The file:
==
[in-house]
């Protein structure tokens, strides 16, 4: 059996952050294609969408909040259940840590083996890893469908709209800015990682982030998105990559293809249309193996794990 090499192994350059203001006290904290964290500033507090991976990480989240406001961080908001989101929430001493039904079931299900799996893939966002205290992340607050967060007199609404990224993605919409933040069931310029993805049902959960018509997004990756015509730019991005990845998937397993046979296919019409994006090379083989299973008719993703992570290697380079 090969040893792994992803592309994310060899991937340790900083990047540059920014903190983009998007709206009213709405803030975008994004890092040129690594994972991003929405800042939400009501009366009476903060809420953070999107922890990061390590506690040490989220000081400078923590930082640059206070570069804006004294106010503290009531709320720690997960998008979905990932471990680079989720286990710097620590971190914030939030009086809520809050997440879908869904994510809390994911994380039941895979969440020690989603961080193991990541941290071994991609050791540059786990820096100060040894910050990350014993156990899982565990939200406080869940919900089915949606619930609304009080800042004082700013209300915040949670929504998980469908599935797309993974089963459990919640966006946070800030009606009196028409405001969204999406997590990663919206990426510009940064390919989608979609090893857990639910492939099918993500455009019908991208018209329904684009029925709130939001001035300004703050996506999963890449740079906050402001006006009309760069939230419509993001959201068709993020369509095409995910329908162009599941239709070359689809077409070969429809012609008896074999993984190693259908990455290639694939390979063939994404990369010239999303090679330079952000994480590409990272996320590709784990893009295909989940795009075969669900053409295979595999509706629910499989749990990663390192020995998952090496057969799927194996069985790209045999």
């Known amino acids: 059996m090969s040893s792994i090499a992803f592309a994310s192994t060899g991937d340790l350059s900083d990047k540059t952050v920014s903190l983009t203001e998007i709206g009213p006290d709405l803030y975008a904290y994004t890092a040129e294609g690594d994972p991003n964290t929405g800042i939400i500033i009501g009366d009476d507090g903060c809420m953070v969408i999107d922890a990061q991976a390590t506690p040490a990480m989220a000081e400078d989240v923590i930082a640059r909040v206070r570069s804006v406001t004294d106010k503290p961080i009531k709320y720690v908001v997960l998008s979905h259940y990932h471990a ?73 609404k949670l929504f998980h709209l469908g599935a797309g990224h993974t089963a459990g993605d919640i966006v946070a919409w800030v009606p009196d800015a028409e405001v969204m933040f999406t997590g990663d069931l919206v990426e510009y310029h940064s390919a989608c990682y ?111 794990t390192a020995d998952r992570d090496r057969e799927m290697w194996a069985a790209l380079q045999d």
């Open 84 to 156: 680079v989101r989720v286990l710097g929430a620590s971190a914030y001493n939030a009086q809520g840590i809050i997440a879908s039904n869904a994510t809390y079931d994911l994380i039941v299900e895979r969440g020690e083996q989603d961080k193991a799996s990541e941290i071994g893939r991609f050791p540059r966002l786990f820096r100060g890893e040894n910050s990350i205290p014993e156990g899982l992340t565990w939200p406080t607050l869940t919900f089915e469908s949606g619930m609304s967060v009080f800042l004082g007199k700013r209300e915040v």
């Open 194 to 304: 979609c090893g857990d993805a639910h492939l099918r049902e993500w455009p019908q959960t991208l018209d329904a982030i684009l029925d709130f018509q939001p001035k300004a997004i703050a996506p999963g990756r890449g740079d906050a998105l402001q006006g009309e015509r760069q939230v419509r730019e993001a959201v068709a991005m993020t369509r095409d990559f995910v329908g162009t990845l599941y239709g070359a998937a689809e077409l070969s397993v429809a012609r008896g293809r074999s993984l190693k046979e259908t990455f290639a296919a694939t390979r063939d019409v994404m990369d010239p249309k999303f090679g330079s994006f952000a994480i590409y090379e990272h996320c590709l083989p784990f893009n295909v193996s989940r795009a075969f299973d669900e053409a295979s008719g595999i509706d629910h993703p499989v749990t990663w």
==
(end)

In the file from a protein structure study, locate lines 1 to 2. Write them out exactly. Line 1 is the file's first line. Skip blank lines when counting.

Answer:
[in-house]
């Protein structure tokens, strides 16, 4: 059996952050294609969408909040259940840590083996890893469908709209800015990682982030998105990559293809249309193996794990 090499192994350059203001006290904290964290500033507090991976990480989240406001961080908001989101929430001493039904079931299900799996893939966002205290992340607050967060007199609404990224993605919409933040069931310029993805049902959960018509997004990756015509730019991005990845998937397993046979296919019409994006090379083989299973008719993703992570290697380079 090969040893792994992803592309994310060899991937340790900083990047540059920014903190983009998007709206009213709405803030975008994004890092040129690594994972991003929405800042939400009501009366009476903060809420953070999107922890990061390590506690040490989220000081400078923590930082640059206070570069804006004294106010503290009531709320720690997960998008979905990932471990680079989720286990710097620590971190914030939030009086809520809050997440879908869904994510809390994911994380039941895979969440020690989603961080193991990541941290071994991609050791540059786990820096100060040894910050990350014993156990899982565990939200406080869940919900089915949606619930609304009080800042004082700013209300915040949670929504998980469908599935797309993974089963459990919640966006946070800030009606009196028409405001969204999406997590990663919206990426510009940064390919989608979609090893857990639910492939099918993500455009019908991208018209329904684009029925709130939001001035300004703050996506999963890449740079906050402001006006009309760069939230419509993001959201068709993020369509095409995910329908162009599941239709070359689809077409070969429809012609008896074999993984190693259908990455290639694939390979063939994404990369010239999303090679330079952000994480590409990272996320590709784990893009295909989940795009075969669900053409295979595999509706629910499989749990990663390192020995998952090496057969799927194996069985790209045999």